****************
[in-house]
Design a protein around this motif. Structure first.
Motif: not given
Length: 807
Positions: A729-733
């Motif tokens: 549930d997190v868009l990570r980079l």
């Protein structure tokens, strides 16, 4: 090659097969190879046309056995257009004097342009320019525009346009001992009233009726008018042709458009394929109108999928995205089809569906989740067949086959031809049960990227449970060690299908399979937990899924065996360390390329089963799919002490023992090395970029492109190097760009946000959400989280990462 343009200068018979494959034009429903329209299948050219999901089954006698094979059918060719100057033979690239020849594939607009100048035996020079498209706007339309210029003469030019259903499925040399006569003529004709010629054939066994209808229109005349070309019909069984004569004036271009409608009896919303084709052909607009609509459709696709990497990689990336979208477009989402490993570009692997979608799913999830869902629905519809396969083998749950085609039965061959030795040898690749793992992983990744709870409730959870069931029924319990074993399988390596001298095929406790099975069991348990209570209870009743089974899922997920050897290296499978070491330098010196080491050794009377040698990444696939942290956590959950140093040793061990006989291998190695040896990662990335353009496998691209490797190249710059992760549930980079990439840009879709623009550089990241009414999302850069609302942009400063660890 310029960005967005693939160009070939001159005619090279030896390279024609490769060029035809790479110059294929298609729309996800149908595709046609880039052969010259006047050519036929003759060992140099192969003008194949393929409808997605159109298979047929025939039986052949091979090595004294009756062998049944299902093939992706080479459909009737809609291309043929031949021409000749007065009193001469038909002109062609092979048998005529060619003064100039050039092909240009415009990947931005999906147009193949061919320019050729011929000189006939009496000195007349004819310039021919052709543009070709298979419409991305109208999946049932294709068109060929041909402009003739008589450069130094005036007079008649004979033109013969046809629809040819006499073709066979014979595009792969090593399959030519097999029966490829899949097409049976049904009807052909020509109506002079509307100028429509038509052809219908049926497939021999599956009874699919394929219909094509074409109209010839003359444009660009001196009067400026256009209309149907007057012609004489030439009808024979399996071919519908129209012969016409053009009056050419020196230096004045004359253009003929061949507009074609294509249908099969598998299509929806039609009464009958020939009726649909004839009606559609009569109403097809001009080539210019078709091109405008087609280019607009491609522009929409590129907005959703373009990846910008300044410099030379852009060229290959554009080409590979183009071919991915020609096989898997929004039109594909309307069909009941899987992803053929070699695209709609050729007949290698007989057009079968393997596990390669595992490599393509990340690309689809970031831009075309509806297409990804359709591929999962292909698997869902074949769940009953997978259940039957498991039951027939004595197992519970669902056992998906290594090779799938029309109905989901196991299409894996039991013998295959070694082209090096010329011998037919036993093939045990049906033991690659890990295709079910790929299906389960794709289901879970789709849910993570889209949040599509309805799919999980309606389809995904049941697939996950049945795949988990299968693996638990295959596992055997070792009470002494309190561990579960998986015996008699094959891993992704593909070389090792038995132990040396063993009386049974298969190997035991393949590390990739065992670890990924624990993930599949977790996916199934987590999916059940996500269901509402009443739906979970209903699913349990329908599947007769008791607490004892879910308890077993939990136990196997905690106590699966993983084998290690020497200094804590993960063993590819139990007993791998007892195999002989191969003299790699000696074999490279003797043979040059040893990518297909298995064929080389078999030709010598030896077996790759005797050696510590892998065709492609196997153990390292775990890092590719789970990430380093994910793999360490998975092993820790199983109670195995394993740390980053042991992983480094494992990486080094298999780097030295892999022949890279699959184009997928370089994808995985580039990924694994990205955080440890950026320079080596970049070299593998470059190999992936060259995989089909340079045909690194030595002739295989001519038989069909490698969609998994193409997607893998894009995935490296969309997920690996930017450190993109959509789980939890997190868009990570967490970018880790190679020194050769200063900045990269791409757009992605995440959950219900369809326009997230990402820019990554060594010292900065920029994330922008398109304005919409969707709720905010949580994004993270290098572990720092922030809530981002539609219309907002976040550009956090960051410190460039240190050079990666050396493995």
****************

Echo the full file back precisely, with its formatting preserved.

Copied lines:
[in-house]
Design a protein around this motif. Structure first.
Motif: not given
Length: 807
Positions: A729-733
């Motif tokens: 549930d997190v868009l990570r980079l």
């Protein structure tokens, strides 16, 4: 090659097969190879046309056995257009004097342009320019525009346009001992009233009726008018042709458009394929109108999928995205089809569906989740067949086959031809049960990227449970060690299908399979937990899924065996360390390329089963799919002490023992090395970029492109190097760009946000959400989280990462 343009200068018979494959034009429903329209299948050219999901089954006698094979059918060719100057033979690239020849594939607009100048035996020079498209706007339309210029003469030019259903499925040399006569003529004709010629054939066994209808229109005349070309019909069984004569004036271009409608009896919303084709052909607009609509459709696709990497990689990336979208477009989402490993570009692997979608799913999830869902629905519809396969083998749950085609039965061959030795040898690749793992992983990744709870409730959870069931029924319990074993399988390596001298095929406790099975069991348990209570209870009743089974899922997920050897290296499978070491330098010196080491050794009377040698990444696939942290956590959950140093040793061990006989291998190695040896990662990335353009496998691209490797190249710059992760549930980079990439840009879709623009550089990241009414999302850069609302942009400063660890 310029960005967005693939160009070939001159005619090279030896390279024609490769060029035809790479110059294929298609729309996800149908595709046609880039052969010259006047050519036929003759060992140099192969003008194949393929409808997605159109298979047929025939039986052949091979090595004294009756062998049944299902093939992706080479459909009737809609291309043929031949021409000749007065009193001469038909002109062609092979048998005529060619003064100039050039092909240009415009990947931005999906147009193949061919320019050729011929000189006939009496000195007349004819310039021919052709543009070709298979419409991305109208999946049932294709068109060929041909402009003739008589450069130094005036007079008649004979033109013969046809629809040819006499073709066979014979595009792969090593399959030519097999029966490829899949097409049976049904009807052909020509109506002079509307100028429509038509052809219908049926497939021999599956009874699919394929219909094509074409109209010839003359444009660009001196009067400026256009209309149907007057012609004489030439009808024979399996071919519908129209012969016409053009009056050419020196230096004045004359253009003929061949507009074609294509249908099969598998299509929806039609009464009958020939009726649909004839009606559609009569109403097809001009080539210019078709091109405008087609280019607009491609522009929409590129907005959703373009990846910008300044410099030379852009060229290959554009080409590979183009071919991915020609096989898997929004039109594909309307069909009941899987992803053929070699695209709609050729007949290698007989057009079968393997596990390669595992490599393509990340690309689809970031831009075309509806297409990804359709591929999962292909698997869902074949769940009953997978259940039957498991039951027939004595197992519970669902056992998906290594090779799938029309109905989901196991299409894996039991013998295959070694082209090096010329011998037919036993093939045990049906033991690659890990295709079910790929299906389960794709289901879970789709849910993570889209949040599509309805799919999980309606389809995904049941697939996950049945795949988990299968693996638990295959596992055997070792009470002494309190561990579960998986015996008699094959891993992704593909070389090792038995132990040396063993009386049974298969190997035991393949590390990739065992670890990924624990993930599949977790996916199934987590999916059940996500269901509402009443739906979970209903699913349990329908599947007769008791607490004892879910308890077993939990136990196997905690106590699966993983084998290690020497200094804590993960063993590819139990007993791998007892195999002989191969003299790699000696074999490279003797043979040059040893990518297909298995064929080389078999030709010598030896077996790759005797050696510590892998065709492609196997153990390292775990890092590719789970990430380093994910793999360490998975092993820790199983109670195995394993740390980053042991992983480094494992990486080094298999780097030295892999022949890279699959184009997928370089994808995985580039990924694994990205955080440890950026320079080596970049070299593998470059190999992936060259995989089909340079045909690194030595002739295989001519038989069909490698969609998994193409997607893998894009995935490296969309997920690996930017450190993109959509789980939890997190868009990570967490970018880790190679020194050769200063900045990269791409757009992605995440959950219900369809326009997230990402820019990554060594010292900065920029994330922008398109304005919409969707709720905010949580994004993270290098572990720092922030809530981002539609219309907002976040550009956090960051410190460039240190050079990666050396493995």